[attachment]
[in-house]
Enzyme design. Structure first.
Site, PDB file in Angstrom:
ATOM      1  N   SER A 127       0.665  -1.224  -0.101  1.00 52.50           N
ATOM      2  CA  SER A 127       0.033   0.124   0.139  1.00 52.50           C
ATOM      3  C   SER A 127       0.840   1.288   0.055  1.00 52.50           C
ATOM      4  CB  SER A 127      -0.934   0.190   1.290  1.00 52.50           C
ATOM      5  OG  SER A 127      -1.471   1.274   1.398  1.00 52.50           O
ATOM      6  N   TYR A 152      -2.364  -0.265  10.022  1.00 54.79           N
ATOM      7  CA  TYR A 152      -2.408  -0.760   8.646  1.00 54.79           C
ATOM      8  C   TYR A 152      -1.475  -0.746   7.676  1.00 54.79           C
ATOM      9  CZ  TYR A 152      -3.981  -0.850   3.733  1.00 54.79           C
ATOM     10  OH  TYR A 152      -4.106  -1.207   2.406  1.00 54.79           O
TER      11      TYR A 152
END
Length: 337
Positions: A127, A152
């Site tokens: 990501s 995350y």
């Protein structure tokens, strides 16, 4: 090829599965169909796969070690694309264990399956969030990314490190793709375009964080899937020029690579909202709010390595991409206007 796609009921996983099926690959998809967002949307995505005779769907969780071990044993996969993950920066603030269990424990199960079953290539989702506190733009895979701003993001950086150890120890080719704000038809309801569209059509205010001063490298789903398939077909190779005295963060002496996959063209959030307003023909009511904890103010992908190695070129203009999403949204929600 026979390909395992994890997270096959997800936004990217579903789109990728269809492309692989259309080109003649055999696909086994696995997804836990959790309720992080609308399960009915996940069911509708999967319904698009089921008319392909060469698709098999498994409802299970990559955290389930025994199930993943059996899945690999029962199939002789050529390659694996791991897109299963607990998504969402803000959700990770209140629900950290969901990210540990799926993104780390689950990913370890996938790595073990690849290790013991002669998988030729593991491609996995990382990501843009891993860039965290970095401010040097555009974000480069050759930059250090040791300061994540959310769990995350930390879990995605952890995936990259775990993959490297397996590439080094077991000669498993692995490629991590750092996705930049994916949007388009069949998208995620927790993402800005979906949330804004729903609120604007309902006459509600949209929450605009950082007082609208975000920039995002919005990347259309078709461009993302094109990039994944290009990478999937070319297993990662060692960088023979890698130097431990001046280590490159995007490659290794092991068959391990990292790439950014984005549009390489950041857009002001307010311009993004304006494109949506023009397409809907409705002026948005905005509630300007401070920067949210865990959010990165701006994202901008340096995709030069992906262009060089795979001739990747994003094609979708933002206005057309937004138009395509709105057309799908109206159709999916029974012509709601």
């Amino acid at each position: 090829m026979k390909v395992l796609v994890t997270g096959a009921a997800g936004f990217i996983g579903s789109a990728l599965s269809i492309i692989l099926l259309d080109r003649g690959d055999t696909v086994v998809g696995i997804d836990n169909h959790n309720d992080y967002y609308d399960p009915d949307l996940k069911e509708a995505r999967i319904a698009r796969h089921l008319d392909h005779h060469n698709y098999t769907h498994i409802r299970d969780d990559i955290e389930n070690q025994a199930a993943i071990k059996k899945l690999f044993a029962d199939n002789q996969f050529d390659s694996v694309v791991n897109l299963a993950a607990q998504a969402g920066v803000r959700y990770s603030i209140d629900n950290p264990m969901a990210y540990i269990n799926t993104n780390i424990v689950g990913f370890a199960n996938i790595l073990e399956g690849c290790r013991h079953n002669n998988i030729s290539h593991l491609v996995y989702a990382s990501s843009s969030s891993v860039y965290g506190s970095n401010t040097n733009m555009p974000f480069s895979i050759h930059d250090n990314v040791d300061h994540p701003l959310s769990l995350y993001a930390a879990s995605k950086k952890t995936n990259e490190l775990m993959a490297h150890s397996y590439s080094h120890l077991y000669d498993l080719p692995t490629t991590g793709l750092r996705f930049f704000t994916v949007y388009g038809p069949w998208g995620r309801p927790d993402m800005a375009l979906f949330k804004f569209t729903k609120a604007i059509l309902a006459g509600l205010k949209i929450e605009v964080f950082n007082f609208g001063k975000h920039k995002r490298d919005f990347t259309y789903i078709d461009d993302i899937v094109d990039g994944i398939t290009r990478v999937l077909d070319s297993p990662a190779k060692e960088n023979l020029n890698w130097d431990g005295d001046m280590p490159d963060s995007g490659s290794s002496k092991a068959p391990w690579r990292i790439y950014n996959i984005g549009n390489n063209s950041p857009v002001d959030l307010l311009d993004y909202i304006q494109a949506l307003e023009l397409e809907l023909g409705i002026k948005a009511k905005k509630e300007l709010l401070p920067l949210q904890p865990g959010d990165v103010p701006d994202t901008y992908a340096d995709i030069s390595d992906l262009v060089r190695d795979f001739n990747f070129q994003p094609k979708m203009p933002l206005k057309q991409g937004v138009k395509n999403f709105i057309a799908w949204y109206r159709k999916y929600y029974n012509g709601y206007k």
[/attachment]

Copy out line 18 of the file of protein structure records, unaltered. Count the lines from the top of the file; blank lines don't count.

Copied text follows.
């Site tokens: 990501s 995350y």